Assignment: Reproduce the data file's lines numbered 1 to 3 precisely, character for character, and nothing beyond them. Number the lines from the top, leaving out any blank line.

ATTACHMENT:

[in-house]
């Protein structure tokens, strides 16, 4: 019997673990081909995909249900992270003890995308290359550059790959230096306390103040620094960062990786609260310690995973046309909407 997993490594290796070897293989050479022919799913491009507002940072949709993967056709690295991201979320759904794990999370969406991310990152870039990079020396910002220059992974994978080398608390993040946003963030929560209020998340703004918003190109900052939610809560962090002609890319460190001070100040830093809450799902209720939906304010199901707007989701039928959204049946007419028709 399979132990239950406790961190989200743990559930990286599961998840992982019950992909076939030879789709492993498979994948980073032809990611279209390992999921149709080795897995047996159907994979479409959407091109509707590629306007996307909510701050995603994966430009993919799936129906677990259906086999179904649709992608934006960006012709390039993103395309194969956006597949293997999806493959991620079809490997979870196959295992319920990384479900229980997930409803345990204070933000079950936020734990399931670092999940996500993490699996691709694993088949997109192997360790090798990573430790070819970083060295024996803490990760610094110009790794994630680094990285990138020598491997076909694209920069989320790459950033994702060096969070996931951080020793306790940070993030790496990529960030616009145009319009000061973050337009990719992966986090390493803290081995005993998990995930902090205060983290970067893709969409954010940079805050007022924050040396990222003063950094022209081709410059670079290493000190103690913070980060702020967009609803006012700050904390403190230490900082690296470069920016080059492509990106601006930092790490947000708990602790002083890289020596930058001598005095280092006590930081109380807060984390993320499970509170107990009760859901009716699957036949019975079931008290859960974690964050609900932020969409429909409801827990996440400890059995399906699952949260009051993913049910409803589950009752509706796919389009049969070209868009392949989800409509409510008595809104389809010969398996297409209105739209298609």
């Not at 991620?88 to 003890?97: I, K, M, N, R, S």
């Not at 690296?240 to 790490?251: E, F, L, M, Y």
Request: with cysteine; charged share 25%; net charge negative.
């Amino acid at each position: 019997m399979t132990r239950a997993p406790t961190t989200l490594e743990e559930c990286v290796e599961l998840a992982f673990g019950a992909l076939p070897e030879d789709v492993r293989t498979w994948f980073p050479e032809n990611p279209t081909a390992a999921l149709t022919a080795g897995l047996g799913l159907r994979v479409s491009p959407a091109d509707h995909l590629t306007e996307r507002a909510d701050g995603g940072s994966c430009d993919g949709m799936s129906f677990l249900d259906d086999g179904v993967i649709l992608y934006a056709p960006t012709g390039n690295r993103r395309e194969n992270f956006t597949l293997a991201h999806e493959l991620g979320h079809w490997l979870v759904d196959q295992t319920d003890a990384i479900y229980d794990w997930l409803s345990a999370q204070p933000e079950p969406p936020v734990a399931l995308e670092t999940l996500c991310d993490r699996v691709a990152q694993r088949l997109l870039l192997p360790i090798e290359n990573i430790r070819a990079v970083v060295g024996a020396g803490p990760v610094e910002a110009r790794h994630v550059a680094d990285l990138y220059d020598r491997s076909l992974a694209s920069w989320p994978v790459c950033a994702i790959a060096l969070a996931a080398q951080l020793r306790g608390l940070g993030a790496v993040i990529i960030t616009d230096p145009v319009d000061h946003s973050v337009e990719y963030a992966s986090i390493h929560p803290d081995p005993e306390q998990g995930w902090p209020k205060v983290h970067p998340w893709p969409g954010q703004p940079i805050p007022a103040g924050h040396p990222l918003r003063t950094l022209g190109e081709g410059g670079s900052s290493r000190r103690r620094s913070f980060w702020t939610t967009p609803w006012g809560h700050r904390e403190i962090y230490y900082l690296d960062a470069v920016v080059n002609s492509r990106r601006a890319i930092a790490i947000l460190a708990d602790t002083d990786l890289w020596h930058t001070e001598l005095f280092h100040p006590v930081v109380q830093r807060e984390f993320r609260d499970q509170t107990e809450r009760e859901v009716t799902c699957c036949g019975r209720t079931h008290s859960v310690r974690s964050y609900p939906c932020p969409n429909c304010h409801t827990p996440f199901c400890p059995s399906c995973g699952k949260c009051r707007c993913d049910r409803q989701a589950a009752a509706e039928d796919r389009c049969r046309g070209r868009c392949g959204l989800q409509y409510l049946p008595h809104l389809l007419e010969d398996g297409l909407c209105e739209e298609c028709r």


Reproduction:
[in-house]
């Protein structure tokens, strides 16, 4: 019997673990081909995909249900992270003890995308290359550059790959230096306390103040620094960062990786609260310690995973046309909407 997993490594290796070897293989050479022919799913491009507002940072949709993967056709690295991201979320759904794990999370969406991310990152870039990079020396910002220059992974994978080398608390993040946003963030929560209020998340703004918003190109900052939610809560962090002609890319460190001070100040830093809450799902209720939906304010199901707007989701039928959204049946007419028709 399979132990239950406790961190989200743990559930990286599961998840992982019950992909076939030879789709492993498979994948980073032809990611279209390992999921149709080795897995047996159907994979479409959407091109509707590629306007996307909510701050995603994966430009993919799936129906677990259906086999179904649709992608934006960006012709390039993103395309194969956006597949293997999806493959991620079809490997979870196959295992319920990384479900229980997930409803345990204070933000079950936020734990399931670092999940996500993490699996691709694993088949997109192997360790090798990573430790070819970083060295024996803490990760610094110009790794994630680094990285990138020598491997076909694209920069989320790459950033994702060096969070996931951080020793306790940070993030790496990529960030616009145009319009000061973050337009990719992966986090390493803290081995005993998990995930902090205060983290970067893709969409954010940079805050007022924050040396990222003063950094022209081709410059670079290493000190103690913070980060702020967009609803006012700050904390403190230490900082690296470069920016080059492509990106601006930092790490947000708990602790002083890289020596930058001598005095280092006590930081109380807060984390993320499970509170107990009760859901009716699957036949019975079931008290859960974690964050609900932020969409429909409801827990996440400890059995399906699952949260009051993913049910409803589950009752509706796919389009049969070209868009392949989800409509409510008595809104389809010969398996297409209105739209298609």
């Not at 991620?88 to 003890?97: I, K, M, N, R, S």